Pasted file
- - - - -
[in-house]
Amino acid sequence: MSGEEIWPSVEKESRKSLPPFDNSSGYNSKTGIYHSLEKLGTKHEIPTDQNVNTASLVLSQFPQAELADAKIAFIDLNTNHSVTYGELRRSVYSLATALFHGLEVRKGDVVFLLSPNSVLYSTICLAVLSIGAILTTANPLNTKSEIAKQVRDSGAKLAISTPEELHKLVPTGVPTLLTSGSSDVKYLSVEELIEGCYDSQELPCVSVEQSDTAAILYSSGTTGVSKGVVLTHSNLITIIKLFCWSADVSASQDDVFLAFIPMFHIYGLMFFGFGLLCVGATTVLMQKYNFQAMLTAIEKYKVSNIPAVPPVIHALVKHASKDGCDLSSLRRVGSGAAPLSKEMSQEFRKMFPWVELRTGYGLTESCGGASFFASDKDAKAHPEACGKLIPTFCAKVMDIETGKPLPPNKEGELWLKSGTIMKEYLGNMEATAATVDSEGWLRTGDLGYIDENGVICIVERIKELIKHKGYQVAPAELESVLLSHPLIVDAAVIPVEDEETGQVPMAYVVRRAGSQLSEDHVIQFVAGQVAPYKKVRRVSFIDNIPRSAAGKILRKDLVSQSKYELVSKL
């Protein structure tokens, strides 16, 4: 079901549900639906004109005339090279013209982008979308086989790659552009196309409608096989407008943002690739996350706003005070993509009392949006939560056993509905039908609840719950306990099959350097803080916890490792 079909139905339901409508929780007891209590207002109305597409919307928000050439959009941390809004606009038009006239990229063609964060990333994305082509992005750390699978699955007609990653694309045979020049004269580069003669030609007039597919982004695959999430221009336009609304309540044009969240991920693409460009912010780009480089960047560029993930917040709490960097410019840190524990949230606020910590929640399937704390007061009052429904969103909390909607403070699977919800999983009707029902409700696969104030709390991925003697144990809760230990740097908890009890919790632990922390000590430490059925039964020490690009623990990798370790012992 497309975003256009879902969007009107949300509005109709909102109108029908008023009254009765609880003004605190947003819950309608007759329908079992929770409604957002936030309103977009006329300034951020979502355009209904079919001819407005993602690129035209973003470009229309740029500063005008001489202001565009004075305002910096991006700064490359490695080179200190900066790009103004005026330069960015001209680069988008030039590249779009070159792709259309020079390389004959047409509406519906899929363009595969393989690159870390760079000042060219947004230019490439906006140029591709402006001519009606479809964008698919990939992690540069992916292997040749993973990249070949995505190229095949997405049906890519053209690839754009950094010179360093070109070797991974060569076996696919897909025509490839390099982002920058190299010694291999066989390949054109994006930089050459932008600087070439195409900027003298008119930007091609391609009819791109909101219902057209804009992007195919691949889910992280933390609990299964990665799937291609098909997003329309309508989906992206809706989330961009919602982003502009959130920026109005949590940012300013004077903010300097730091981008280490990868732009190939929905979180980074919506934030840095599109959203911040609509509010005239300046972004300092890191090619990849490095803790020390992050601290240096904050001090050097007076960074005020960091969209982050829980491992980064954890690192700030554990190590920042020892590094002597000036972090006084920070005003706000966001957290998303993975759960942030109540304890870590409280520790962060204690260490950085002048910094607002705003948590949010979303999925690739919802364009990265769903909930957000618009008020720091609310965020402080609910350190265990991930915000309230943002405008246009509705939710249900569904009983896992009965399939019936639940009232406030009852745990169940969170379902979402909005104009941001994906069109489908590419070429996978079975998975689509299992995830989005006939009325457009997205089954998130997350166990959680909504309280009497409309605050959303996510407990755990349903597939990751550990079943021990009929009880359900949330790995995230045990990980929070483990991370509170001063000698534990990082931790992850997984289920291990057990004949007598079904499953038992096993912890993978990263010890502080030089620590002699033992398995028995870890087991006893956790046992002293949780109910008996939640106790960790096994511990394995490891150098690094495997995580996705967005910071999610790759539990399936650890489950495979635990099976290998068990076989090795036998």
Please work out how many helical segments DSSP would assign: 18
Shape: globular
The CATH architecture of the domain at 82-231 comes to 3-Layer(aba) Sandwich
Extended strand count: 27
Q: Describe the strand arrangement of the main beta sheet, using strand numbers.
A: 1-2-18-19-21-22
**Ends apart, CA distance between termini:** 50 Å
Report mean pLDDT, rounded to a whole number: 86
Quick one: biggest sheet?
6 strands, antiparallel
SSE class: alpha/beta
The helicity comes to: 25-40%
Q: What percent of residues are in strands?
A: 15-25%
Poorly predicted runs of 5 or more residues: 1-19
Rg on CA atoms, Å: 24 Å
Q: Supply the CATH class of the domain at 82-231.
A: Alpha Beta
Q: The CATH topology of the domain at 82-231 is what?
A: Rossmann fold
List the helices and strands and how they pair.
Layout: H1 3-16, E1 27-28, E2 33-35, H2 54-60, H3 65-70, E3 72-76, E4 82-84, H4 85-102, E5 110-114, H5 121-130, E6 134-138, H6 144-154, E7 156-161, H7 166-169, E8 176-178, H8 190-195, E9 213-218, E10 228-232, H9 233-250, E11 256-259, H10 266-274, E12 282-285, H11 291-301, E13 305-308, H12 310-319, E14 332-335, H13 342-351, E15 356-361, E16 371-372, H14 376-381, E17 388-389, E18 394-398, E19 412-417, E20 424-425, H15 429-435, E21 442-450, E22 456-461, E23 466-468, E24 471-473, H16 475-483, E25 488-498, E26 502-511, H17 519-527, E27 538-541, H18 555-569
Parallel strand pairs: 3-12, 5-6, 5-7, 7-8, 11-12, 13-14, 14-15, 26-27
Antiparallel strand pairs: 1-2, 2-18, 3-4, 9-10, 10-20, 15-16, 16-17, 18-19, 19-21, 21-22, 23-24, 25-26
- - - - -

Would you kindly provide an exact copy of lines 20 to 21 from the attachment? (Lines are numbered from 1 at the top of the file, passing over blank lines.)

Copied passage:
Q: Supply the CATH class of the domain at 82-231.
A: Alpha Beta